My return to the sheep business has been interesting. I started again with a new breed and experimenting with new methods.
I moved home at the end of July and I knew it was time to tend my flock. The ewes’ hooves needed trimming. The lambs, out on pasture, needed a shot and to have their weights monitored.
Young lambs don’t yet have resistance to parasitic worms that thrive in grazed pastures, so they need to be treated once per month until six months of age. Only a couple of my lambs were in serious need this round. What came as a surprise was the weigh-in.
I’ve always grain-fed market lambs in the past, never grass-fed, like I attempted to do this summer. Personally, I favor grain-fed as a producer and a consumer. The turnaround is faster, with less risk of health issues, and the end products taste great, too. Still, grass-feeding is something I want to experiment with. Not only do consumers want to try it, but it would give me an edge of versatility when grain prices rise and the weather is favorable.
In the second week of June, I had cut the older of two small groups of lambs off of feed and onto pasture. When I weighed at the end of June, they showed gains—disappointing gains, but gains. For July, this same group showed losses across the board. Thinking there was plenty of green grass in front of them, I didn’t consider supplementing their diets with hay, and I really should have. This was a huge mistake on my part. It turns out that the weigh-in was more for me than for the lambs.
A positive surprise came from the second, smaller group of lambs. These lambs were born from late April to mid-May and nursed on pasture, without grain. I weaned them all on July 15. The results for this bunch were hit-or-miss, with two big hits. One wether weighed 48lbs, and a ewe lamb weighed 52lbs! Having had nothing but help from their mothers, these two excelled on pasture and almost caught up with the first group. This is a great sign. I’ll be keeping the ewe lamb in the flock. With gains like that, I can’t pass up the genetics.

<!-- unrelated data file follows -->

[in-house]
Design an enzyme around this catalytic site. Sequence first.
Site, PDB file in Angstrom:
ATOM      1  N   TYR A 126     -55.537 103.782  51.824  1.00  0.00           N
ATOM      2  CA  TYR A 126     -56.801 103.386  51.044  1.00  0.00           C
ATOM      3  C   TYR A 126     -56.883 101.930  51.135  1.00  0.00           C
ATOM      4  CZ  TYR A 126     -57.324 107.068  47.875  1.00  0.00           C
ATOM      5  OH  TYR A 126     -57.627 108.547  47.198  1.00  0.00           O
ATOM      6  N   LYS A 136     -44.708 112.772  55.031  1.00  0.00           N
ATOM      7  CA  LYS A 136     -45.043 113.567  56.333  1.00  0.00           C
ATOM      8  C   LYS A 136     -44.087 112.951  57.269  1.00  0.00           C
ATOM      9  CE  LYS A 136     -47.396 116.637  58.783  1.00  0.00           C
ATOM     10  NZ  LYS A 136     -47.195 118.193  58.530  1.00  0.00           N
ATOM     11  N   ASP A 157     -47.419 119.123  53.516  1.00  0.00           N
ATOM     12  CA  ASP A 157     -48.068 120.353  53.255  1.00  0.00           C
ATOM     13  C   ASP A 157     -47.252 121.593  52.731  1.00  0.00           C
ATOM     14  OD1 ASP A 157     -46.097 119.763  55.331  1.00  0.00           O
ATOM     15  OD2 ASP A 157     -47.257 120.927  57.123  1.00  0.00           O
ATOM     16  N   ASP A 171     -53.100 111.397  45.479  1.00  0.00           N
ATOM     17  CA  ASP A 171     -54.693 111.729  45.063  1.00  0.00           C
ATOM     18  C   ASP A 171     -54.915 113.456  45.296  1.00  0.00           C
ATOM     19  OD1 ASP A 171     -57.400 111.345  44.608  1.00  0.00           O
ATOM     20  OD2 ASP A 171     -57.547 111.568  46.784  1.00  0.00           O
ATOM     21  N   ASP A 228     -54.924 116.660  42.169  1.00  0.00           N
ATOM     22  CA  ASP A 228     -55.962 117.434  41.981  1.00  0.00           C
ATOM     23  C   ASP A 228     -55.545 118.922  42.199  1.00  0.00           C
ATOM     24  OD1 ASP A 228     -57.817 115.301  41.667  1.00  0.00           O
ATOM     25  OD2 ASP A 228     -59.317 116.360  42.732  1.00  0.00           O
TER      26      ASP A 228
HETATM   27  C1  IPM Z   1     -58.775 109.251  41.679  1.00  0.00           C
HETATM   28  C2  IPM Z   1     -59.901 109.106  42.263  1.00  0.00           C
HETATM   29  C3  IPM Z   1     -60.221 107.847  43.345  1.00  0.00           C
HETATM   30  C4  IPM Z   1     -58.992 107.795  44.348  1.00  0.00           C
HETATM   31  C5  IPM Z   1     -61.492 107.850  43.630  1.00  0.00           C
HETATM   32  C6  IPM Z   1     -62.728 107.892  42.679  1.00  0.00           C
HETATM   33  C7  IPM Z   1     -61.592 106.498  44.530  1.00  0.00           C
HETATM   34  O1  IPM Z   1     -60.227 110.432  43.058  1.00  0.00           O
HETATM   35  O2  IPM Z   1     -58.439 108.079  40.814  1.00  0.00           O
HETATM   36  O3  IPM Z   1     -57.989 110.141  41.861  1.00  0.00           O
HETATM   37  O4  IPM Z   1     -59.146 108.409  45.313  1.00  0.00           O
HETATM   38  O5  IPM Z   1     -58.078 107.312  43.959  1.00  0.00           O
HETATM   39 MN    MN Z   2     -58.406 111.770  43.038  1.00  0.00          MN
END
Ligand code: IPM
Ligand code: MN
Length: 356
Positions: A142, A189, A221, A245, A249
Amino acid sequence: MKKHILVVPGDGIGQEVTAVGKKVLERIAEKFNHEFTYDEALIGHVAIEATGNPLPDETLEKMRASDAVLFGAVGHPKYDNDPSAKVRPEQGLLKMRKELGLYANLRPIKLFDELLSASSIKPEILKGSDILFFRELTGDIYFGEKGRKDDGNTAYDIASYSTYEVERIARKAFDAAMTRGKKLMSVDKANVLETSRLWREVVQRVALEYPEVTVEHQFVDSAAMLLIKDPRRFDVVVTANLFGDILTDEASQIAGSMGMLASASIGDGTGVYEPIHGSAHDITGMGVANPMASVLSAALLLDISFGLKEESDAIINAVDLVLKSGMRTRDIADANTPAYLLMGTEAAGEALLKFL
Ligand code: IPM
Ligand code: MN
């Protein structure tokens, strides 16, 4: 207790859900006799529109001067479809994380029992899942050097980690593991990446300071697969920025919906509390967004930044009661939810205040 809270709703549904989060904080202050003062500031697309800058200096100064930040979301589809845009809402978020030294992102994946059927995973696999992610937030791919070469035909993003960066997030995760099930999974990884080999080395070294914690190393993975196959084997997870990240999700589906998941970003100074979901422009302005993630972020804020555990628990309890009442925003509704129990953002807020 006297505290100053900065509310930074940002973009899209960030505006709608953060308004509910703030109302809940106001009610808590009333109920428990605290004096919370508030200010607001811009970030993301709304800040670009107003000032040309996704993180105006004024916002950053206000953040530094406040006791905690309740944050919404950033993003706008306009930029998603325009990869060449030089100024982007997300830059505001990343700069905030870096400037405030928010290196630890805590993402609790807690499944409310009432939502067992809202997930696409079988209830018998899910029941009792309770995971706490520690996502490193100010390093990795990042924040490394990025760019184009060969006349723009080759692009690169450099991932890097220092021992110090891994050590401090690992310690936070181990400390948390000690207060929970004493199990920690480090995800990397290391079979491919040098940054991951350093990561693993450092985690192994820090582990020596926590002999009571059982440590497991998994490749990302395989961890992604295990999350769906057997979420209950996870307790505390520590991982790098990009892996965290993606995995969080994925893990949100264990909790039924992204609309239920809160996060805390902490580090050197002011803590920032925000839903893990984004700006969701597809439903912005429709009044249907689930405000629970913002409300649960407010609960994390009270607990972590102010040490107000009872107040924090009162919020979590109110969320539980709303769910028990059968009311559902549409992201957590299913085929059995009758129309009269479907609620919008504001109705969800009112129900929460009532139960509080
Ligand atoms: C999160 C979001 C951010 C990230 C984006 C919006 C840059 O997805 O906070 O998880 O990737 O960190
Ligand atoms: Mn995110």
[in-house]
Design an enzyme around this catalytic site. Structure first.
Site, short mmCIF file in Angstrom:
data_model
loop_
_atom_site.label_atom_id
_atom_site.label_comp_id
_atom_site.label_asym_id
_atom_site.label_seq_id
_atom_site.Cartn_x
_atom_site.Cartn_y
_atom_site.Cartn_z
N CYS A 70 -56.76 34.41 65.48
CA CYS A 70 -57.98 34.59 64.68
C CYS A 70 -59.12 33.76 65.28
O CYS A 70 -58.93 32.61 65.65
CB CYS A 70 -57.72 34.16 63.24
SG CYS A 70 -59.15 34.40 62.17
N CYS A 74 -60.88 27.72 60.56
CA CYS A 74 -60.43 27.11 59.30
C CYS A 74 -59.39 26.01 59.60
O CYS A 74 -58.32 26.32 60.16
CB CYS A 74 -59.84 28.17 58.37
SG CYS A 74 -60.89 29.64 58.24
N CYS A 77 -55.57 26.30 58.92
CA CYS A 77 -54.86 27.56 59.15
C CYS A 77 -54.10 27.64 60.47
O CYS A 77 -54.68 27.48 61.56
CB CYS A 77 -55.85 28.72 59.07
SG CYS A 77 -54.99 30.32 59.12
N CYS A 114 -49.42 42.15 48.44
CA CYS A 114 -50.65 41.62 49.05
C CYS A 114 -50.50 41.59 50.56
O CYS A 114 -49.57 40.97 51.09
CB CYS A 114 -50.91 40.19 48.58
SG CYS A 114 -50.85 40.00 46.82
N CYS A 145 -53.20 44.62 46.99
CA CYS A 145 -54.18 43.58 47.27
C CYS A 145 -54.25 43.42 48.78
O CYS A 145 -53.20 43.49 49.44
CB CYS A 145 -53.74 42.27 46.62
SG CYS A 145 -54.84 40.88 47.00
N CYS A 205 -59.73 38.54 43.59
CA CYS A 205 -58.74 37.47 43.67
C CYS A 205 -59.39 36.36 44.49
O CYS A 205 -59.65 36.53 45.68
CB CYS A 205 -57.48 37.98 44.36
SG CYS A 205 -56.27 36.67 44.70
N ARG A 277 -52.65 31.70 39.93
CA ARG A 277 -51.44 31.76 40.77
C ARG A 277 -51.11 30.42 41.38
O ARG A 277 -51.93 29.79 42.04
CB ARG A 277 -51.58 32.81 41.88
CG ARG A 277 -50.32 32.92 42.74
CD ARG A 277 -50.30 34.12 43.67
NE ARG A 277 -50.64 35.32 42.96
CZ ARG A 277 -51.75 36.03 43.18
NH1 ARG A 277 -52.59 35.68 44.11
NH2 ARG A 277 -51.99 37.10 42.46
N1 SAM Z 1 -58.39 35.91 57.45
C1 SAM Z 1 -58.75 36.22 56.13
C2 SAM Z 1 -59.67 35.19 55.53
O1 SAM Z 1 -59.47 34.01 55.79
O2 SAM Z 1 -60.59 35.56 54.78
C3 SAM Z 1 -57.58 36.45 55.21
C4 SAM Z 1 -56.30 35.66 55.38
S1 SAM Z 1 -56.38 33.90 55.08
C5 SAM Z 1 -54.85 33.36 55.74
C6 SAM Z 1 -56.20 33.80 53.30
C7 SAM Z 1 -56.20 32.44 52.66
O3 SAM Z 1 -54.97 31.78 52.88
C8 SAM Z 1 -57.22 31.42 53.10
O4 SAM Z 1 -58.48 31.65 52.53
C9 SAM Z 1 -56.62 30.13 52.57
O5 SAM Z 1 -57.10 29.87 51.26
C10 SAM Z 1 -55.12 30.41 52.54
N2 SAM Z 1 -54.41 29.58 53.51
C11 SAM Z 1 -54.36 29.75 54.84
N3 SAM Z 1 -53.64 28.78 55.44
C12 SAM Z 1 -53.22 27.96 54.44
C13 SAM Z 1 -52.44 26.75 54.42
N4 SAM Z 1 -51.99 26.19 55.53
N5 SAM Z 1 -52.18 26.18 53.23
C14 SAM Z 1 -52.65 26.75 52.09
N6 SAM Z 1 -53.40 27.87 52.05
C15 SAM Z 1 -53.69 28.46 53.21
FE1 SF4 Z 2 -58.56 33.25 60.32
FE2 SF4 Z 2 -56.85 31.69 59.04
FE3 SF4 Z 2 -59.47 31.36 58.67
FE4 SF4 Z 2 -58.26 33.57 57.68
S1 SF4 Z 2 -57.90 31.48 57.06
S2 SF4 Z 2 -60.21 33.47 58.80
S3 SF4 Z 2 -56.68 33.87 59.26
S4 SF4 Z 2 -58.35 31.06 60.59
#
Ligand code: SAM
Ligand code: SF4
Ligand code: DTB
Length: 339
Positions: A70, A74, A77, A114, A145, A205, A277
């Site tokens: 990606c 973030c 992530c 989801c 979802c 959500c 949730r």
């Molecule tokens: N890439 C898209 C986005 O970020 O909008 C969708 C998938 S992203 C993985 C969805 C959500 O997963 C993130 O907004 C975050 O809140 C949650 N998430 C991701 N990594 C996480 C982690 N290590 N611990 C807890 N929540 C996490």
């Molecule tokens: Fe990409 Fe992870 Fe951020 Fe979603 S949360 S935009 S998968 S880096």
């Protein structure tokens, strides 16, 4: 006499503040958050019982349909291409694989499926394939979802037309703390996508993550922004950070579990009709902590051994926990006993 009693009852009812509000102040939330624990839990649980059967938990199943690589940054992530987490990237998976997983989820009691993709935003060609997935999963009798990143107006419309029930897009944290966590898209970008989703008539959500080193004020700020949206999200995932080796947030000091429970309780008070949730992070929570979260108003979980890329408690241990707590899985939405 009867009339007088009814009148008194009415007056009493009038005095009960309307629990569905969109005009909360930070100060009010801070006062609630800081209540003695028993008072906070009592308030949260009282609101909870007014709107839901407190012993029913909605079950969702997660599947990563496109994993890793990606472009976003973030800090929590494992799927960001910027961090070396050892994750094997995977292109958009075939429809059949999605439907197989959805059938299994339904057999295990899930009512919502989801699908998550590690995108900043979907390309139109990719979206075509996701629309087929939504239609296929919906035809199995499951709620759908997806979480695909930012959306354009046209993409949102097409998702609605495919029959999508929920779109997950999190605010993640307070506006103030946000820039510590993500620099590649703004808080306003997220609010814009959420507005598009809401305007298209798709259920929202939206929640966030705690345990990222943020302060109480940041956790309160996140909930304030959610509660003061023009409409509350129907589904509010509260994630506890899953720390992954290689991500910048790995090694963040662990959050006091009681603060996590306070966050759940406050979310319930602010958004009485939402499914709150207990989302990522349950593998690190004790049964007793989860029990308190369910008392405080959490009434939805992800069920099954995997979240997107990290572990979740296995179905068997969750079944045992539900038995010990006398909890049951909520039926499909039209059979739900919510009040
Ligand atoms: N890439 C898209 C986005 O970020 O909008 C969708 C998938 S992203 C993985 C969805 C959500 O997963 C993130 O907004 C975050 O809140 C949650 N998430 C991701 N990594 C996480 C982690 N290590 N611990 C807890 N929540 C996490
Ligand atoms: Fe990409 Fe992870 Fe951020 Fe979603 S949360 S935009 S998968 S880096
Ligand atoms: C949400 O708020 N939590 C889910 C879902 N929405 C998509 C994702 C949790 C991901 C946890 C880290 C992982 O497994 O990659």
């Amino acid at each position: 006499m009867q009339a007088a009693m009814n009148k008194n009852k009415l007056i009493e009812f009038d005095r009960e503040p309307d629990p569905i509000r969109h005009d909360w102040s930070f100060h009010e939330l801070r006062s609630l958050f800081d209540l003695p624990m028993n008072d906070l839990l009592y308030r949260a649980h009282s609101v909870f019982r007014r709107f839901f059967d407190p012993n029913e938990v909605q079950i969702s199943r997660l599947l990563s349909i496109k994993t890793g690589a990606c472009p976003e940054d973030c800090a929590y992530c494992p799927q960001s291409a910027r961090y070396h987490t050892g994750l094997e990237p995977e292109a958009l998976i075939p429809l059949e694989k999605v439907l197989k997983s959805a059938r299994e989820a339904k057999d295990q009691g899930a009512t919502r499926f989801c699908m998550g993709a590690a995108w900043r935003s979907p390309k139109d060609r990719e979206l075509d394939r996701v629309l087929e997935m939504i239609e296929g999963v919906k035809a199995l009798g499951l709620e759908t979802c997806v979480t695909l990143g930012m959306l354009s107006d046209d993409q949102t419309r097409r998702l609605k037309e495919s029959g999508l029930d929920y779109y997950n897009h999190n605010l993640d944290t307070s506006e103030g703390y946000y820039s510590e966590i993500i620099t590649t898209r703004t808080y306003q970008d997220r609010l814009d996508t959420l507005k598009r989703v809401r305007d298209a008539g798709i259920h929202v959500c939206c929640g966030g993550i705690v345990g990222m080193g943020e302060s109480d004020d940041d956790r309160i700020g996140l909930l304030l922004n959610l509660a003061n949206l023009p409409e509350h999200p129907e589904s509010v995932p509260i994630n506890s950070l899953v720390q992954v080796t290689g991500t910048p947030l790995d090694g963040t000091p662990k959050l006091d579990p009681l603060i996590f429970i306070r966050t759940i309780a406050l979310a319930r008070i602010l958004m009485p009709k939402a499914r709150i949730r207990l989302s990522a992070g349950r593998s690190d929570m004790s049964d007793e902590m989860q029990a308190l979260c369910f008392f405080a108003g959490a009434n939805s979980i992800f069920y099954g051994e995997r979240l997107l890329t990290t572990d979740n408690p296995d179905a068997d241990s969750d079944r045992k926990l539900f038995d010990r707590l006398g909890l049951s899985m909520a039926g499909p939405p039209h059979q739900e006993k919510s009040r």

And genetics is half the battle. Ewes and rams that excel on pasture make lambs that excel on pasture—usually. Another critical element is parasite resistance. I had problems with one lamb and one brood ewe struggling with haemonchus this summer. Luckily, they were somewhat resistant, and it did not kill them, as the parasites could have. Still, I won’t be able to keep them, as they would likely pass on poor traits.
Researching, refining my methods, and improving my flock will make the difference in making this a smooth operation in the future. The dorpers truly are low-maintenance in comparison to others I’ve raised, and that’s a trend I want to continue. My dad has been very helpful in my absence so far, but I want to keep the workload light as possible for him.
With the older group averaging about 60lbs, and the younger 40lbs, my plan is to begin slaughters on September 16th and later. I know it’s got my dad scratching his head that I didn’t sell these lambs any time in the last couple months, like I could have. But would I have learned? And that’s what I wanted. In this venture, I want my knowledge and shepherding ability to grow as much as I want my bottom line to grow. In time, I think they both will.